The 22-year-old CEO of a group running Philadelphia's first mass vaccination site is defending his actions after the city terminated the partnership when he took vaccines home and administered them to friends.
Andrei Doroshin spoke to Stephanie Gosk on TODAY Thursday after public radio station WHYY reported a woman at the Philly Fighting COVID site saw Doroshin leave the clinic with vaccine doses in his bag.
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Doroshin, who is a graduate student at Drexel University, told Gosk that he took home four doses that were left over after a mass vaccination clinic was held on Jan. 23. He said he personally administered vaccines without medical qualifications to four of his friends.
Gosk asked him why he didn't find someone in an at-risk group to help get vaccinated rather than his young and healthy friends.
"The doses were about to expire," he said. "We called everybody we knew. Every single person."
He admitted he was not qualified to administer vaccines.
"I am not a nurse," he said. "I have undergone our internal certifications." While NBC News has not reviewed Philly Fighting COVID’s internal certifications, the Centers for Disease Control and Prevention states that all health care personnel who administer vaccines receive comprehensive, competency-based training on vaccine administration policies and procedures before administering vaccines.
Doroshin, who said he has been receiving death threats, defended taking the vaccine doses home, saying he didn't want them to go to waste.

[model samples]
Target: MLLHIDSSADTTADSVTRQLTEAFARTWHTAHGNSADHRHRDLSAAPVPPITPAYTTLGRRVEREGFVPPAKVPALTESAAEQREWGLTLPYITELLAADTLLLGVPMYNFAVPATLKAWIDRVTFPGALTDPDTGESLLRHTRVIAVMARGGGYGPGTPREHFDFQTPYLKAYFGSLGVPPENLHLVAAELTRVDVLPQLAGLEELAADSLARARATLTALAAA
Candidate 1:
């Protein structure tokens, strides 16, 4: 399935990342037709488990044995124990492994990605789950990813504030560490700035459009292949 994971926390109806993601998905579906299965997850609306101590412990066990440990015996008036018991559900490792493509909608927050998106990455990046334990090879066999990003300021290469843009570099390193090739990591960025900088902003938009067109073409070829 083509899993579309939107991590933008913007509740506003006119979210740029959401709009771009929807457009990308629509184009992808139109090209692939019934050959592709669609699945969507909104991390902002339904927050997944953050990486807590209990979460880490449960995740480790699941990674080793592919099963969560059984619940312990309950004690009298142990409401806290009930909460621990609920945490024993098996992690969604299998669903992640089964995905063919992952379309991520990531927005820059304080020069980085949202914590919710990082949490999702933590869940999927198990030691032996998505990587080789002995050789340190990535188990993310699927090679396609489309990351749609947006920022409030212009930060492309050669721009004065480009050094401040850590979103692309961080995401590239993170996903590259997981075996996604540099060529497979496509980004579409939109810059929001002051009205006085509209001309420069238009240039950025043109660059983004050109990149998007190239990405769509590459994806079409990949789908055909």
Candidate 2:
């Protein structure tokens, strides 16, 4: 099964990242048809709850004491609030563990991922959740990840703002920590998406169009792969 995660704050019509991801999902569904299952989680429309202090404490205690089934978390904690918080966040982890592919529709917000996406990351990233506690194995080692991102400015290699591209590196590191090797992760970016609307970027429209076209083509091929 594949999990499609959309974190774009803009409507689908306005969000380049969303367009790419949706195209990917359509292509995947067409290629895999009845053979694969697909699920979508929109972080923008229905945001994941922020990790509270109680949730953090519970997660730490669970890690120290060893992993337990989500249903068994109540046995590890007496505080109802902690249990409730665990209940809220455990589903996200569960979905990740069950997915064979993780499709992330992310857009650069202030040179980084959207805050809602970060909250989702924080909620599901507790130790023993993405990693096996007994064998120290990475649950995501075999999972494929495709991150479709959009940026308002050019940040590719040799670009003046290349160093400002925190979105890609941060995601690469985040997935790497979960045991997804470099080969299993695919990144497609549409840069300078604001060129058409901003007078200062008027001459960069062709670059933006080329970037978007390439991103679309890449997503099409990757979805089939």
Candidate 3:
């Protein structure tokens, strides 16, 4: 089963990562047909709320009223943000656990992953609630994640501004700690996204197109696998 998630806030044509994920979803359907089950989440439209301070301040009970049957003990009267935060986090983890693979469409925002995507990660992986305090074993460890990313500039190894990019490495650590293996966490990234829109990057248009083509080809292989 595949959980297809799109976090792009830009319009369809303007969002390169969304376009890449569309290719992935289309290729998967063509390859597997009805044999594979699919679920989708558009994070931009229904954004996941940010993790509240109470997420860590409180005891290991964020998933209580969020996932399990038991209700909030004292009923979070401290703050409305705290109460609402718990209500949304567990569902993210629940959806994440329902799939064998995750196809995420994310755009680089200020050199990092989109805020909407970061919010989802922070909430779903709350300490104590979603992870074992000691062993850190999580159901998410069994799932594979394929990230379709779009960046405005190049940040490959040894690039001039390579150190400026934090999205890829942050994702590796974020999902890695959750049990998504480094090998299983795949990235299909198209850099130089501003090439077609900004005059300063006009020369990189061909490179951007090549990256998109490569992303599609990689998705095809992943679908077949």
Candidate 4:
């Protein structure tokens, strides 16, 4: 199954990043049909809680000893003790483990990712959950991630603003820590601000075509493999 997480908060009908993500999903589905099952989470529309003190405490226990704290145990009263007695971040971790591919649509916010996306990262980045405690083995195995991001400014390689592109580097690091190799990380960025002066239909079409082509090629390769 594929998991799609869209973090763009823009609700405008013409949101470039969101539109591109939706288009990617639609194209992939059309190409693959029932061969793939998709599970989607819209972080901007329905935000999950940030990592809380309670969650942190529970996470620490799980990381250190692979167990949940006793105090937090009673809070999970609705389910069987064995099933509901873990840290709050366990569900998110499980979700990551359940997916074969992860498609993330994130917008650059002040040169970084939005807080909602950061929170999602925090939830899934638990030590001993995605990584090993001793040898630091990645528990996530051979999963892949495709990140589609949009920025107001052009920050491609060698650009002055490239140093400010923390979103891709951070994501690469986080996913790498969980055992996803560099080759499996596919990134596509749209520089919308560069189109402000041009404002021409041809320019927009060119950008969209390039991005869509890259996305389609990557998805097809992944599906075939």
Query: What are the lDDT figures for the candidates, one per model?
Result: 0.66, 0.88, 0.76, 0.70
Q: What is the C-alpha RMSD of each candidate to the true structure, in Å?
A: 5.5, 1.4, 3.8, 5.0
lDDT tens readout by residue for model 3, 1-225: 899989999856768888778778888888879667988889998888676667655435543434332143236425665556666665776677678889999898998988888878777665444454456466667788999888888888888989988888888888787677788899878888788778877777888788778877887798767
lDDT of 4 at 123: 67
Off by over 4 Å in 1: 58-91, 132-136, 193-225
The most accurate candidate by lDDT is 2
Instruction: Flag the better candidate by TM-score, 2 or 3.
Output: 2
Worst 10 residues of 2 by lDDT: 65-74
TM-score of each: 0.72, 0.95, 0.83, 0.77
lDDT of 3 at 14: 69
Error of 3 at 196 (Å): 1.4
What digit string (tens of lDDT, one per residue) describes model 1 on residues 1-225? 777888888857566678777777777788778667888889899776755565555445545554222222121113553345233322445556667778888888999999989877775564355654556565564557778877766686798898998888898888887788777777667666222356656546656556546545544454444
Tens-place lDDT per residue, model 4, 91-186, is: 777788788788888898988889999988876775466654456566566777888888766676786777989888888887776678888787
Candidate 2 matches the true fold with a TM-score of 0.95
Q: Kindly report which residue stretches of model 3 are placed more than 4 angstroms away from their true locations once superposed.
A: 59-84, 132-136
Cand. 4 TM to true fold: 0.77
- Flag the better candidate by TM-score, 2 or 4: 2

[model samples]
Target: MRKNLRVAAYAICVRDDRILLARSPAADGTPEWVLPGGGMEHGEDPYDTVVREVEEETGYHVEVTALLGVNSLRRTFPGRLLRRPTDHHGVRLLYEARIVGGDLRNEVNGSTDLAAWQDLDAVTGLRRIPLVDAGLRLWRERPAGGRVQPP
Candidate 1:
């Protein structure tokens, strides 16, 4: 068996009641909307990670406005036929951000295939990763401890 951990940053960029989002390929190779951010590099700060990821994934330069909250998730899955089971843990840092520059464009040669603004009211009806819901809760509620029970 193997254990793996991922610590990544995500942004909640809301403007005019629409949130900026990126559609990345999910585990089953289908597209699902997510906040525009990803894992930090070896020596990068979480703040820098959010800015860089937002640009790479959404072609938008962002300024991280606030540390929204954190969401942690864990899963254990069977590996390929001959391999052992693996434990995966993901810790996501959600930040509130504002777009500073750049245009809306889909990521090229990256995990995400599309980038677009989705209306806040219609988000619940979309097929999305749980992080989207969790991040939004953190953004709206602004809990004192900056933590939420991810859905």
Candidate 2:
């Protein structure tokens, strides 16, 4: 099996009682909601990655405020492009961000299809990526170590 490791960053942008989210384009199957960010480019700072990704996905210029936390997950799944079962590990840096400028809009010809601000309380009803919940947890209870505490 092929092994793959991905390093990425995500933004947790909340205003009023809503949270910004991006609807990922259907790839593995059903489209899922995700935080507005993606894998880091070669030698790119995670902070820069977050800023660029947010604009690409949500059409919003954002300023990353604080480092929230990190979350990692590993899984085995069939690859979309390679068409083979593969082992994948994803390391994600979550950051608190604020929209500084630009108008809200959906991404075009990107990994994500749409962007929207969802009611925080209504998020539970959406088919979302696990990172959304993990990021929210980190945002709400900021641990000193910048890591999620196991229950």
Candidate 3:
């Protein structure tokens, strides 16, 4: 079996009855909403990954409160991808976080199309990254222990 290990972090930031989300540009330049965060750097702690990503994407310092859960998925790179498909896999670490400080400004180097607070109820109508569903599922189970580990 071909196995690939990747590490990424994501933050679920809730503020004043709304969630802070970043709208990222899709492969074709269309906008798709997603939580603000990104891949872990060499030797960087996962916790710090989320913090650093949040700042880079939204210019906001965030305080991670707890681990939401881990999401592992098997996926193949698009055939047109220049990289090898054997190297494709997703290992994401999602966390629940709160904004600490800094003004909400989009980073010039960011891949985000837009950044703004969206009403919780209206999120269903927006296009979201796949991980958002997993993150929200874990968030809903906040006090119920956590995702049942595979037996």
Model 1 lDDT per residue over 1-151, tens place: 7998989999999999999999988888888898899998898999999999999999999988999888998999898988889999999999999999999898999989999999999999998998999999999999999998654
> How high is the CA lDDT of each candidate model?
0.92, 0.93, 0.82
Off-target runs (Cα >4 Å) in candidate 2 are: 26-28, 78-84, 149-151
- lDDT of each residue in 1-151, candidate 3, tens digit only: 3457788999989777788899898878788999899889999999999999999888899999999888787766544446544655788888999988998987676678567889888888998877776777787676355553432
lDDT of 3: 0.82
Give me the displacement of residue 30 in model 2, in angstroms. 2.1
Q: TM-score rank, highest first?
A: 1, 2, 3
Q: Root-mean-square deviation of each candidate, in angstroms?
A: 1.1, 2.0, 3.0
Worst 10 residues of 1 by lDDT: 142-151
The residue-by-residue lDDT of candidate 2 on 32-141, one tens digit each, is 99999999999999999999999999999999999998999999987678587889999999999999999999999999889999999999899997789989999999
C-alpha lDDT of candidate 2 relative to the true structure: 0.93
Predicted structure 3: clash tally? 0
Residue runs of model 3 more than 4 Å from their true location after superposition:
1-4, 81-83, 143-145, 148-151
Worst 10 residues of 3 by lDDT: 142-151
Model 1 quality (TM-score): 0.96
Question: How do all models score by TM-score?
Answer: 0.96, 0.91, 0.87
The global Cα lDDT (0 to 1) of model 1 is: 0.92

"I stand by that decision," he said. "I understand I made that mistake. That is my mistake to carry for the rest of my life. But it is not the mistake of the organization."
Katrina Lipinsky, a nurse who was on site on Jan. 23, tweeted on Tuesday that Doroshin "took home a Ziplock bag-full of vaccines." People who had appointments were turned away Saturday even though there was still a stock of vaccines left at the end of the day, according to WHYY.
"We turned 3,000 people away that got the link fraudulently," Doroshin told NBC News. "At the end of the day, we had 100 vaccines that were left over. These vaccines were going to go expire.”
He added that it was necessary for the organization to become a for-profit company because it's costly to run the vaccination sites and the company needed capital to run them as well as to bill insurance companies. Doroshin told NBC News that the lack of funding led the organization to close its testing clinics.
Philadelphia District Attorney Larry Krasner said the allegations raise serious questions as the city has come under fire for allowing a 22-year-old college student to run its biggest vaccination site.
"If your point is that you came here during a pandemic to do good work for people and to help people, then that's not what it looks like," Krasner told Gosk.
TODAY first profiled Doroshin when the vaccination clinic launched at the Pennsylvania Convention Center three weeks ago.
"We took the entire model and just threw it out the window," he said at the time. "And we said to hell with all of that. We're gonna completely build a new model."
Nearly 7,000 vaccinations were administered at the site, which has left people like health care worker Stacia Ciak worried that they won't be able to get the necessary second dose of the vaccine now that the city has cut ties with the organization.
"My co-workers and I've been discussing it, we all feel the same way," Ciak told Gosk. "We just feel kind of betrayed. And it's a shame. It's so frustrating."
Philadelphia Public Health shared a message on Twitter stating that they have the information of everyone who received their first dose at Philly Fighting COVID clinics at the Convention Center, and they will follow up to ensure those individuals will get a second dose.
Krasner would not say whether Doroshin is under investigation. Doroshin says he has a lawyer and is "concerned" about legal ramifications, but believes at the end of the day he did the right thing.